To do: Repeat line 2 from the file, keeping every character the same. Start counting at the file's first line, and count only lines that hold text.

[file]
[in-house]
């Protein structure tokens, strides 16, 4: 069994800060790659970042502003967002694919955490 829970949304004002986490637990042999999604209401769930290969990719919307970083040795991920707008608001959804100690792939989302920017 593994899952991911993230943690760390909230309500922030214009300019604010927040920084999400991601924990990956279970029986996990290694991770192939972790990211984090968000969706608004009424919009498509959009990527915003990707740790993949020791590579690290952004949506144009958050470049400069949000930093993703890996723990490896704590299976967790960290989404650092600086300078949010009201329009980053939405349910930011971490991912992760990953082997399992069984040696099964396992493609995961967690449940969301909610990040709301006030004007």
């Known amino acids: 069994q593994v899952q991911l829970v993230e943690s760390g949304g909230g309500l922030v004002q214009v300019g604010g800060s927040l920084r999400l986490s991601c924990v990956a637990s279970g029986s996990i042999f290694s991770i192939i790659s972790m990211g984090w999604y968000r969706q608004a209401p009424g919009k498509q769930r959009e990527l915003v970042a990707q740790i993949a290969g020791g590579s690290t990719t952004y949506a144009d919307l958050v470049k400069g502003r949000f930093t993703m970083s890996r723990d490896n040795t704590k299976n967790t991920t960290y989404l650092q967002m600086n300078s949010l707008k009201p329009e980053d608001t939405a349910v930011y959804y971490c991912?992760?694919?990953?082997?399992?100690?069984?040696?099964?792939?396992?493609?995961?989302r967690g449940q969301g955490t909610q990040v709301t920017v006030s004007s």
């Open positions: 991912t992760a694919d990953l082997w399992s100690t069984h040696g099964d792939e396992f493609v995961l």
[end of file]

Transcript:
């Protein structure tokens, strides 16, 4: 069994800060790659970042502003967002694919955490 829970949304004002986490637990042999999604209401769930290969990719919307970083040795991920707008608001959804100690792939989302920017 593994899952991911993230943690760390909230309500922030214009300019604010927040920084999400991601924990990956279970029986996990290694991770192939972790990211984090968000969706608004009424919009498509959009990527915003990707740790993949020791590579690290952004949506144009958050470049400069949000930093993703890996723990490896704590299976967790960290989404650092600086300078949010009201329009980053939405349910930011971490991912992760990953082997399992069984040696099964396992493609995961967690449940969301909610990040709301006030004007």